Joe O’Donnell – The Lost Life

At a time when Joe was feeling lost in life, photography served as an outlet to take his mind off of how “lost” he felt. Today, it’s become more than a distraction – it’s his passion and it keeps him creating. Check him out below.

Say hello to Joe:


Where are you from?  Where have you been?

I’m from Townsend, Massachusetts.  It’s a pretty small town that not a lot of people know about.  I’ve been all over the New England area, but I’ve also been up and down the East Coast a few times.  I’ve only been out of the U.S. once and that was a trip to South Korea.  Go far or go home, right?

What’s your favorite place in the world?

As much as I like going out and getting lost, I’d have to say being home is my favorite place in the world.  There are so many cool places within a short drive from home.  Here are a couple of shots from the Willard Brook State Forest, just up the road from my house.



What’s on your “bucket list” of ideas to create?

My bucket list of ideas is mostly just a bunch of places that I’ve always wanted to visit and shoot.  Almost too many.

How would you describe your visual style?

I’d describe my visual style as dark but colorful.  

Besides nature, in what other ways do you find your inspiration?

Music.  I tend to either listen to music while I’m out shooting or while I’m editing, and sometimes find myself editing to the mood of the song I’m listening to.

Do you get photographer’s block? If so, how do you overcome that?

Yes, all the time.  Either I can’t seem to get the shot I want, or the look I want while I’m editing.  Other times, I don’t even feel like going out to shoot.  But it always passes, just gotta drive through it.

Tell us the significance behind the name of your business, The Lost Life Photography.

The Lost Life has a couple meanings.  One being obvious, getting lost.  Going out and exploring and just taking in your surroundings.  The other, not so obvious.  When I started doing this, I didn’t really know what direction I wanted to take in life.  I had no idea.  So I started The Lost Life page to kinda distract me from how “lost” I was.  It went from being something to take my mind off of things to a full blown hobby.

What was the moment you decided to become a photographer?

I usually just shoot what I see and what I think looks cool.  This usually includes landscapes or other natural or man-made features.  But I’ve been wanting to get into shooting portraits or anything else really.  I just love taking pictures.

What is the strangest situation you’ve ever faced as a photographer?

I almost ended up on Wheel of Fortune while out shooting in Boston.  I wanted to get a better angle on a shot and almost wandered onto the set while they were recording.  They weren’t too happy about it.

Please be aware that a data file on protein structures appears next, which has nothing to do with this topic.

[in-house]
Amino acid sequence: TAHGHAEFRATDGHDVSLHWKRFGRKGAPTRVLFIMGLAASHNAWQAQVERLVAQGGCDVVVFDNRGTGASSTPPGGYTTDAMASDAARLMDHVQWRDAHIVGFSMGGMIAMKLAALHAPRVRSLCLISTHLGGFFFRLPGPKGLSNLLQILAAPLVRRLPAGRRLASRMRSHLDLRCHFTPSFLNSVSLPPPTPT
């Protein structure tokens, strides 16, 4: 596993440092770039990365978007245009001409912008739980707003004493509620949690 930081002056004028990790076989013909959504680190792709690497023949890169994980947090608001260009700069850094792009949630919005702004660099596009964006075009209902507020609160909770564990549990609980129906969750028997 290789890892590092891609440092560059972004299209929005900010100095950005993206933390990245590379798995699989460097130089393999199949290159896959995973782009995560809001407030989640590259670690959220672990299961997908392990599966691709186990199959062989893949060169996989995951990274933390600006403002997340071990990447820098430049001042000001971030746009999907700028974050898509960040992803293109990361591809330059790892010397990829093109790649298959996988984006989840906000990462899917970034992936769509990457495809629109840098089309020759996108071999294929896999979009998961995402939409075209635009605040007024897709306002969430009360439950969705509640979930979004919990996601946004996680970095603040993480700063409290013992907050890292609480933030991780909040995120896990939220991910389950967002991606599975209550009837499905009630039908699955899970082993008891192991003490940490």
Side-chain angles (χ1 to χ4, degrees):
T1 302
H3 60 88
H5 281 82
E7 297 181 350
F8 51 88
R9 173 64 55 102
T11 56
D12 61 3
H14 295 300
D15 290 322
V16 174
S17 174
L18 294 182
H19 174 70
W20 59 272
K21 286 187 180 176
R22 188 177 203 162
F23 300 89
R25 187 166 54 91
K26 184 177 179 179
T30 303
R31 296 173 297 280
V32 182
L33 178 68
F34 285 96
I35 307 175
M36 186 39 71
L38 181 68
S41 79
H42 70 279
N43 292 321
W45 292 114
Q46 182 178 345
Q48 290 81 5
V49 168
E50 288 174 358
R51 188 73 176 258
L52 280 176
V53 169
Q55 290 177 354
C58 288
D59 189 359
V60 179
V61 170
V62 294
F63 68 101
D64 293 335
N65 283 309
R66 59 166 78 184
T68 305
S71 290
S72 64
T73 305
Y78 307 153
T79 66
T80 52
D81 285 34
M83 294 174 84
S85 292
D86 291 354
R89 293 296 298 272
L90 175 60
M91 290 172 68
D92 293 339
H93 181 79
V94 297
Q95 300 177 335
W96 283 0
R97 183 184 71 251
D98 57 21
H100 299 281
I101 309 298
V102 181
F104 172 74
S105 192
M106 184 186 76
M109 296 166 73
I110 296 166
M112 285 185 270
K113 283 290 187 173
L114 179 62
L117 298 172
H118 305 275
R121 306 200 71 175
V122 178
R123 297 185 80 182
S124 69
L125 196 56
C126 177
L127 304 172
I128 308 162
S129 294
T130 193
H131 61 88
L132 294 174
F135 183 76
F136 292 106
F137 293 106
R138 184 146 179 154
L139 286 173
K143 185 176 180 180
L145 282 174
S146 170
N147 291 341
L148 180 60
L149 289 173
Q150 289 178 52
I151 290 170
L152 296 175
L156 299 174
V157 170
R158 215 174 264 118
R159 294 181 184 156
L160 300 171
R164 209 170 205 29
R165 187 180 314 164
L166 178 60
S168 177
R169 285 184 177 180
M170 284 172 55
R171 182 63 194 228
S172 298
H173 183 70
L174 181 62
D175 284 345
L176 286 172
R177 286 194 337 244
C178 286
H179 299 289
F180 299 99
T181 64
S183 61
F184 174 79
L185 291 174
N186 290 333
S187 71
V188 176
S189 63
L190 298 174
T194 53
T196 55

Of the photos you’ve taken – which are your three favorites?

A shot of the French King Bridge in western MA. I think it’s a cool perspective that I haven’t seen many others shoot.

Second, a nice fall-themed shot of some train tracks. I just love the colors in this one.

Lastly, a shot from inside the Quincy Market in Boston. Love the contrast in tones in this one.

What’s the best advice you can think of for someone just starting in photography?

Being someone who has only been into photography for about a year, I’d say the best advice I can give is just have fun with it.  That’s all I do.

If you could photograph anywhere in the world, where would it be?

The misty forests of the Pacific Northwest.  Hands down.  Show me any shot from the PNW and tell me it doesn’t look like an adventure waiting to happen.

What’s your philosophy when it comes to being a great photographer?

Don’t take it too seriously.

What photography advice do you wish you had when you were first starting out?

I wish someone had told me to get Adobe Lightroom as soon as I started because that program can take your photos to a new level if you put in the time to learn it.  

What kind of gear do you have?

Nothing that special.  I use a Canon T6i with either the 18-55mm kit lens or the Canon 24mm and 50mm pancake lenses for when I need a lower f stop than the 18-55mm.

What’s one post-processing tip you’d like to share with other photographers?

Edit to music.  I think it helps.

What has photography done for you as a person?  How has it changed you?

Photography has been a creative outlet for me and a great way to take my mind of things.  It’s definitely changed the way I look at my surroundings.

What will you be doing five years from now?

Hopefully, exploring the world with my friends and taking pictures one place at a time.

What’s something you’ve always wanted to do but haven’t?

A cross-country photography road trip with my friends.

For anyone who wants to get in touch with Joe, here’s some contact information:

FStop: Profile

Facebook: Profile

Instagram: @thelostlifephotography

Joe, thanks for opening up to us – we really enjoyed learning about you! 🙂

If any artists out there want to collaborate with FStop, don’t hesitate to reach out to us.

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